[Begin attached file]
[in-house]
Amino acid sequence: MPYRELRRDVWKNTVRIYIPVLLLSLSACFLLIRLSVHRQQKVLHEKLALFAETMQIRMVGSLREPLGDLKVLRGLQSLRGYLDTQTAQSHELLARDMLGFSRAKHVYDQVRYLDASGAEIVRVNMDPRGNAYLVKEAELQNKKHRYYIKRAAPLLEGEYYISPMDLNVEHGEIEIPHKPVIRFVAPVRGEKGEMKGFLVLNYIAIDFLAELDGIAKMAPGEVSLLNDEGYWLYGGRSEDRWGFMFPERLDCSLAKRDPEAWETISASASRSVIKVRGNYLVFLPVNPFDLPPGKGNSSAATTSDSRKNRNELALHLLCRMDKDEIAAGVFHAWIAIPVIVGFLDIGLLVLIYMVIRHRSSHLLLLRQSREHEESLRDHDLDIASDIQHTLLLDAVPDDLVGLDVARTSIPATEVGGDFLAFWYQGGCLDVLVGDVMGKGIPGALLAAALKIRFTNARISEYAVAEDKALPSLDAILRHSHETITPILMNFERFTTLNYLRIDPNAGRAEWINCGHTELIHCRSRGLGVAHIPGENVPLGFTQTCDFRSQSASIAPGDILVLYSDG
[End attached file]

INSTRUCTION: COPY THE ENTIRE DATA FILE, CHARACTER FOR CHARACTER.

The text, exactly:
[in-house]
Amino acid sequence: MPYRELRRDVWKNTVRIYIPVLLLSLSACFLLIRLSVHRQQKVLHEKLALFAETMQIRMVGSLREPLGDLKVLRGLQSLRGYLDTQTAQSHELLARDMLGFSRAKHVYDQVRYLDASGAEIVRVNMDPRGNAYLVKEAELQNKKHRYYIKRAAPLLEGEYYISPMDLNVEHGEIEIPHKPVIRFVAPVRGEKGEMKGFLVLNYIAIDFLAELDGIAKMAPGEVSLLNDEGYWLYGGRSEDRWGFMFPERLDCSLAKRDPEAWETISASASRSVIKVRGNYLVFLPVNPFDLPPGKGNSSAATTSDSRKNRNELALHLLCRMDKDEIAAGVFHAWIAIPVIVGFLDIGLLVLIYMVIRHRSSHLLLLRQSREHEESLRDHDLDIASDIQHTLLLDAVPDDLVGLDVARTSIPATEVGGDFLAFWYQGGCLDVLVGDVMGKGIPGALLAAALKIRFTNARISEYAVAEDKALPSLDAILRHSHETITPILMNFERFTTLNYLRIDPNAGRAEWINCGHTELIHCRSRGLGVAHIPGENVPLGFTQTCDFRSQSASIAPGDILVLYSDG